A fruit consists of two main parts - the seeds and the pericarp or fruit wall. The structure and thickness of pericarp varies from fruit to fruit. The pericarp consists of three layers - outer epicarp, middle mesocarp and inner endocarp. The sweet juicy and edible flesh is the mesocarp, the inner most hard covering is the endocarp. These three layers are not easily distinguishable in dry fruits.
The fruits are usually classified into three groups, namely simple, aggregate and multiple or composite fruits.
An aggregate fruit develops from a single flower, with multicarpellary, apocarpous, superior ovaries and each of them develops into simple fruitlets. An aggregate fruit, therefore consists of a collection of simple fruits as in Polyalthia. The carpels of the flower unite and give rise to a single fruit as in annona squamosa.
Multiple or composite fruit is formed by all the flowers of a whole inflorescence grouped together to give a single big fruit. In a sense, multiple fruits are false fruits.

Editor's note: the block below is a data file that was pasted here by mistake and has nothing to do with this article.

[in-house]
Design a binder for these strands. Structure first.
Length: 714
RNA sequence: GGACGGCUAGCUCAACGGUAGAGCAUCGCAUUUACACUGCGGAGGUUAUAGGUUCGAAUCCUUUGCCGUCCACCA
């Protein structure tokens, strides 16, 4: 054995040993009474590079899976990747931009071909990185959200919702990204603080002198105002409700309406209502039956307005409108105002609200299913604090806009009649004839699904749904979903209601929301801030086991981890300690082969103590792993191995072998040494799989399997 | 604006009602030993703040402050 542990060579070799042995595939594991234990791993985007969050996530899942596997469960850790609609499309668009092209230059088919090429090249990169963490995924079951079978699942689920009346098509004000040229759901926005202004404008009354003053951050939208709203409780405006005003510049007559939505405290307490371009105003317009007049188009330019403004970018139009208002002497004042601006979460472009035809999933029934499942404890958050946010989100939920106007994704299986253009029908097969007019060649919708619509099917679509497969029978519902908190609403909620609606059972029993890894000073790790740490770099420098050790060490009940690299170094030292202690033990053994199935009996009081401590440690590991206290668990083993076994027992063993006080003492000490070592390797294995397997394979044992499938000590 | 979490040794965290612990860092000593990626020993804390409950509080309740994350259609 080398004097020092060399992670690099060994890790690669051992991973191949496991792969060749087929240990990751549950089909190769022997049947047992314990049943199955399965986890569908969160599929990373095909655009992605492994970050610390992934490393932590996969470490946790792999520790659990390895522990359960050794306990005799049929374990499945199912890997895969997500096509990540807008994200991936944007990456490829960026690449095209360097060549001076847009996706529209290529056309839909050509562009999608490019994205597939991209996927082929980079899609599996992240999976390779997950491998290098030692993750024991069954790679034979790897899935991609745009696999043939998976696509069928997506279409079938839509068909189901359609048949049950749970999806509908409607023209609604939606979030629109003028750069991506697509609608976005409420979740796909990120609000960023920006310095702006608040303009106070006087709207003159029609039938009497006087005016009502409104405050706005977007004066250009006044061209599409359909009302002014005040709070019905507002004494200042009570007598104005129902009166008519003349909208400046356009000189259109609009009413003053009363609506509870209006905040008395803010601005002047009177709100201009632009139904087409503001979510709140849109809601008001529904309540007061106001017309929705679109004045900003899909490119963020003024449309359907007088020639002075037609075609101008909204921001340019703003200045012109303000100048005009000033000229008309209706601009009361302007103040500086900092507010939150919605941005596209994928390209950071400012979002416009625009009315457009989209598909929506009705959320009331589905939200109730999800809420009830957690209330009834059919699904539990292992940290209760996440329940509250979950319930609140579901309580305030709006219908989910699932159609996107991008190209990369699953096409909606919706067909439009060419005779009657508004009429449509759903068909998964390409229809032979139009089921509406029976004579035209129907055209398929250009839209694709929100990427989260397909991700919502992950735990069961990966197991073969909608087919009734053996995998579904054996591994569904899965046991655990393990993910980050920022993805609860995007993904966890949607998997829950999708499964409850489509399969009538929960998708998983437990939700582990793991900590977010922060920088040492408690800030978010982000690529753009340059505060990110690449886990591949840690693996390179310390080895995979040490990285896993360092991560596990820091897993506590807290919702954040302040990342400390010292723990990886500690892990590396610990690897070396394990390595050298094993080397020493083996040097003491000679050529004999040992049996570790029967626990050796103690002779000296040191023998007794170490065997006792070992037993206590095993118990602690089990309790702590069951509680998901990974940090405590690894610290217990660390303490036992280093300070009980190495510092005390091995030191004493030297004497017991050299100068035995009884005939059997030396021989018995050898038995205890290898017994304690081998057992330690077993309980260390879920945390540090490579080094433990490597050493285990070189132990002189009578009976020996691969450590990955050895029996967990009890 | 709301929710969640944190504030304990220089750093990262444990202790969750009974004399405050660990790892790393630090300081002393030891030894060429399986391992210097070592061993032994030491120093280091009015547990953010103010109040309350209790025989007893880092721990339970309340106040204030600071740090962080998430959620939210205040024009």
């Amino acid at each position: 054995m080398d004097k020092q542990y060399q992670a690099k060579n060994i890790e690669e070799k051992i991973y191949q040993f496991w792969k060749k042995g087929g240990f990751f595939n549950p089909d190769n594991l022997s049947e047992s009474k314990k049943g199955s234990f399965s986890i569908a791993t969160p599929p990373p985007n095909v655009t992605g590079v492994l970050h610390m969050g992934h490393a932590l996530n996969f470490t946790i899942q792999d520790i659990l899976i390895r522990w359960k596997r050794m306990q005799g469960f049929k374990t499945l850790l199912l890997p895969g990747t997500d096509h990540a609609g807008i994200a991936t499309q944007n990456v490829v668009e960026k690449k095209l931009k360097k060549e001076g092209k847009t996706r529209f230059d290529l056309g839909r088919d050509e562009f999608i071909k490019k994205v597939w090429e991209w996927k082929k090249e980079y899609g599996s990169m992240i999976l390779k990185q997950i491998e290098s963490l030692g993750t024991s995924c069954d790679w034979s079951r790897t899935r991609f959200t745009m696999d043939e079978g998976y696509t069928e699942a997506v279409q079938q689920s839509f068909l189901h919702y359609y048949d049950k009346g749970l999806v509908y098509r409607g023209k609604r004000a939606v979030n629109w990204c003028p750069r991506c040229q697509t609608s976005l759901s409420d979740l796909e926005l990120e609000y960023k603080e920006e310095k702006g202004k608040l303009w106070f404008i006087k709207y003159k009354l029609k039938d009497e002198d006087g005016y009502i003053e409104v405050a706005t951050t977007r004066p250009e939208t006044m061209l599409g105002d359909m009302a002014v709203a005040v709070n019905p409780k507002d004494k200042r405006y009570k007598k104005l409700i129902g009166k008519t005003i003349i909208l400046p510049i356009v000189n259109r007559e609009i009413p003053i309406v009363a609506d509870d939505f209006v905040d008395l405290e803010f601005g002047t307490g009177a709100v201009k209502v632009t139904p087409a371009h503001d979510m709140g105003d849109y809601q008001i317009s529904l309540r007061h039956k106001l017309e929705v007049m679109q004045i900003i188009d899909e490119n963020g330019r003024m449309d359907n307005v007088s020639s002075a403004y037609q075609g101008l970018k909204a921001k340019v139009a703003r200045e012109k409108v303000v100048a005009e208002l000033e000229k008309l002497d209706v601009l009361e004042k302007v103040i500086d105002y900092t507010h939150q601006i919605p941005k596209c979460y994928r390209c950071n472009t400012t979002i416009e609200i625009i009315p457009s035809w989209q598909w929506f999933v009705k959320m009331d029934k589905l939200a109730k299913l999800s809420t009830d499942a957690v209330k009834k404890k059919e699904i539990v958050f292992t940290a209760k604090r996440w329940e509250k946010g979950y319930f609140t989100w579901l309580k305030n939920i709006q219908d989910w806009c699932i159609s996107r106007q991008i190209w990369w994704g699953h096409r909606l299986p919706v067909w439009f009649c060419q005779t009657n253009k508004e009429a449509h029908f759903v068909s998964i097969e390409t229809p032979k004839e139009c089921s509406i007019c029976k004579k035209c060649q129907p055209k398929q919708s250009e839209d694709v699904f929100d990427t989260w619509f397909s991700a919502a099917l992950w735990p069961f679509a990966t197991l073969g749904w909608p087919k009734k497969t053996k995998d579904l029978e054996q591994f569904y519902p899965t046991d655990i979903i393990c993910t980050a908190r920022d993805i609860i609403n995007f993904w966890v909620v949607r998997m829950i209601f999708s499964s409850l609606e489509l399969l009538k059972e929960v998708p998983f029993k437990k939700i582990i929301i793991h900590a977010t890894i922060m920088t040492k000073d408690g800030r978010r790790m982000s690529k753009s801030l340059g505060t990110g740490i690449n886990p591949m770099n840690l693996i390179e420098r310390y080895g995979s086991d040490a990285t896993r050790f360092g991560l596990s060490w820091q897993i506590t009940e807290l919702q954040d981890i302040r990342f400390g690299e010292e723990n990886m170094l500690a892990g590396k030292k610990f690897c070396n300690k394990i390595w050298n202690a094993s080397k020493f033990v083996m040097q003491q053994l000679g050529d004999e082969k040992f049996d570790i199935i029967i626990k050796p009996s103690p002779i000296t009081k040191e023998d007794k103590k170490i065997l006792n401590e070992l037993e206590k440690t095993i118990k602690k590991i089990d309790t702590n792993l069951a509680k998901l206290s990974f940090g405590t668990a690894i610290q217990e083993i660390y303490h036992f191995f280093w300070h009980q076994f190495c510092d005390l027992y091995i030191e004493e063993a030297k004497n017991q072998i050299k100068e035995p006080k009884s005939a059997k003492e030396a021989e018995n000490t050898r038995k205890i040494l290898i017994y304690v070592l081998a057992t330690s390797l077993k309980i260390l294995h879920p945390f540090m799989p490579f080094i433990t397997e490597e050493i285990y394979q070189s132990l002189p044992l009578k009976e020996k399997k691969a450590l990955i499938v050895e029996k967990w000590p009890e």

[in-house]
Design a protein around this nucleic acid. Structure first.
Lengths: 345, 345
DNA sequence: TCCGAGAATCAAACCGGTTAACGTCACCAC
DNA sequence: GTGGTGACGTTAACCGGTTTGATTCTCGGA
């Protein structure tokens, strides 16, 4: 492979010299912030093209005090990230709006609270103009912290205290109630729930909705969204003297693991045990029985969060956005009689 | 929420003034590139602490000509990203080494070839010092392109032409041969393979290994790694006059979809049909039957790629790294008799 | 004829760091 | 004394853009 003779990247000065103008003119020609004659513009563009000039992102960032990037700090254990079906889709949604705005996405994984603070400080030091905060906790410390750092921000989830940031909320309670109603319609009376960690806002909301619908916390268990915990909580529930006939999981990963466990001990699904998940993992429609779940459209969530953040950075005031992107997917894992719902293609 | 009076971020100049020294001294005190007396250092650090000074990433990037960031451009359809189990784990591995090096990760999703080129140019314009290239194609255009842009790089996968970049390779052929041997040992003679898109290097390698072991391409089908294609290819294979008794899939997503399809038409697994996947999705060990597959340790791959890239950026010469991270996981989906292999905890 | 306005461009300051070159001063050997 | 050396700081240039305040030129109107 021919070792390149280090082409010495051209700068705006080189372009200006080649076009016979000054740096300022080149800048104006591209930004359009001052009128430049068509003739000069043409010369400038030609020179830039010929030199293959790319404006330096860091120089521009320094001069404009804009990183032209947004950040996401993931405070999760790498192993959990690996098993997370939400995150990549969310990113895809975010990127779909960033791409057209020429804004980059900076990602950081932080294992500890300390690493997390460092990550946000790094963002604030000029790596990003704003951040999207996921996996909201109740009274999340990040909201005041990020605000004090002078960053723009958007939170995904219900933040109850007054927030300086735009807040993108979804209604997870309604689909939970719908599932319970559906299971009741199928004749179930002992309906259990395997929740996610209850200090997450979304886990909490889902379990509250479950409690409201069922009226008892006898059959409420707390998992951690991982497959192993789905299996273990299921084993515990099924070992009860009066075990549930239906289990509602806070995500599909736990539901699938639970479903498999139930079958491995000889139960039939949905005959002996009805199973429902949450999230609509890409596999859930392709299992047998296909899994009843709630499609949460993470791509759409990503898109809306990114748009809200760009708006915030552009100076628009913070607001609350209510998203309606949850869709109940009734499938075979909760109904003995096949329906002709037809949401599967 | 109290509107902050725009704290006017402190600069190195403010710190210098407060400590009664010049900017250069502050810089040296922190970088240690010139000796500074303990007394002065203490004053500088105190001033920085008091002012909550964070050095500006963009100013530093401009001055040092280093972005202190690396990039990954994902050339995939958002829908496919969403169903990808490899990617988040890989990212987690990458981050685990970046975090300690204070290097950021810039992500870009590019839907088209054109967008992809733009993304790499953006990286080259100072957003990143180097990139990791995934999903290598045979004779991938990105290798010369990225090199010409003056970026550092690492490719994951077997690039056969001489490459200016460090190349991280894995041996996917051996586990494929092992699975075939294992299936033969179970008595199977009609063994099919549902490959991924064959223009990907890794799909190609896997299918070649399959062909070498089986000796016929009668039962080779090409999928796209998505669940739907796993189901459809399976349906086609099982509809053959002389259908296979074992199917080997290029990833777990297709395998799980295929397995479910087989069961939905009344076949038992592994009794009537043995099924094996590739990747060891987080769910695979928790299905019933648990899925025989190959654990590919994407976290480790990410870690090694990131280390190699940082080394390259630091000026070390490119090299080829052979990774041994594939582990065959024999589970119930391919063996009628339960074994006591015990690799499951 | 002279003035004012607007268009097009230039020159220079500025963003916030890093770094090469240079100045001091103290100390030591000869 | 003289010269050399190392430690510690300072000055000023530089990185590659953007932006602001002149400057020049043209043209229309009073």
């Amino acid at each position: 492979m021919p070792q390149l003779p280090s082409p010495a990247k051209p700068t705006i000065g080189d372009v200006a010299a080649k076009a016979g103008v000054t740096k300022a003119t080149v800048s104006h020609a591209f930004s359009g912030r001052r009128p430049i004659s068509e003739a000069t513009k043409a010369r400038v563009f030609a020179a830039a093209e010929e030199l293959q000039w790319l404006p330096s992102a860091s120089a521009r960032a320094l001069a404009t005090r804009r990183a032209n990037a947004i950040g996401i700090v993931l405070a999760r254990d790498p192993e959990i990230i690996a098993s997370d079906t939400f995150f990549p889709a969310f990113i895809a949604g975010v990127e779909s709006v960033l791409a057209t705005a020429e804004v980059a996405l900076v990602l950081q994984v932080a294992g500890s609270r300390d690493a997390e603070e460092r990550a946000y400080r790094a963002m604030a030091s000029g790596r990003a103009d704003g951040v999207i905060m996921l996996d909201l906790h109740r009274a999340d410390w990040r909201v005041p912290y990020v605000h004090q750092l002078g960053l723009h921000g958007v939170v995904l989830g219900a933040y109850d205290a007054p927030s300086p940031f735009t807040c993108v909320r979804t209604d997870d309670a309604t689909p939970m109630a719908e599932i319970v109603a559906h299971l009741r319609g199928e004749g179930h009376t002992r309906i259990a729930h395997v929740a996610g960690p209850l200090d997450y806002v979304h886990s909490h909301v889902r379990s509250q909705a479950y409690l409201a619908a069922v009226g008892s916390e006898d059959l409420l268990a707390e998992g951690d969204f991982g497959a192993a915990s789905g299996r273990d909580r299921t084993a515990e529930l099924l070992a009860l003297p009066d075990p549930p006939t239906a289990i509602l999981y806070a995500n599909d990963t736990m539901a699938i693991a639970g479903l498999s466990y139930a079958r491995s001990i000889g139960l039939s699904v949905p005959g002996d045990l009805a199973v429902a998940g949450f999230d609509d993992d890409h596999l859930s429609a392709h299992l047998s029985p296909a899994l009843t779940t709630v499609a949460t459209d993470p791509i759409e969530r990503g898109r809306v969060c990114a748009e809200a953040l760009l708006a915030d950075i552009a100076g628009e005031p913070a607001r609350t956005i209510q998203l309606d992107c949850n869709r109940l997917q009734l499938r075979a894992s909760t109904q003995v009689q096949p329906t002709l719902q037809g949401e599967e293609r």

In Jack, the type of multiple fruit is sorosis. The rachis and all the floral parts of the female inflorescence fuse together forming composite fruit. The inflorescence axis and the flowers all become fleshy.
In the centre of the fruit, there is a club-shaped, thick, fleshy central axis, which is the inflorescence axis. The edible part of the fruit represents the perianth, which is fleshy and juicy. The pericarp is bag-like and contains one seed. The spines on the tough rind represent the stigmas of the carpel. The sterile or unfertilized flowers, occur in the form of numerous, elongated, whitish, flat structures in between the edible flakes.
Sorosis: A multiple fruit that develops from a spicateinflorescence. eg. Ananas sativus (Pineapple).
Pineapple plant is largely cultivated for its fruits. The stem is short and leafy and bears a terminal spicate inflorescence. After fertilization, the axis and the flowers, along with the bracts, become stimulated to grow and unite together into a fleshy compound fruit, the 'Pineapple'. On the surface of the fruit, the hexagonal areas represent the flowers, and the tips of the floral bracts project out. Usually the flowers are sterile and seeds are rarely formed. The inflorescence axis produces a tuft of vegetative leaves, which forms a crown at the top. The vegetative top, if cut and planted, establishes itself in the ground and gives rise to a new plant.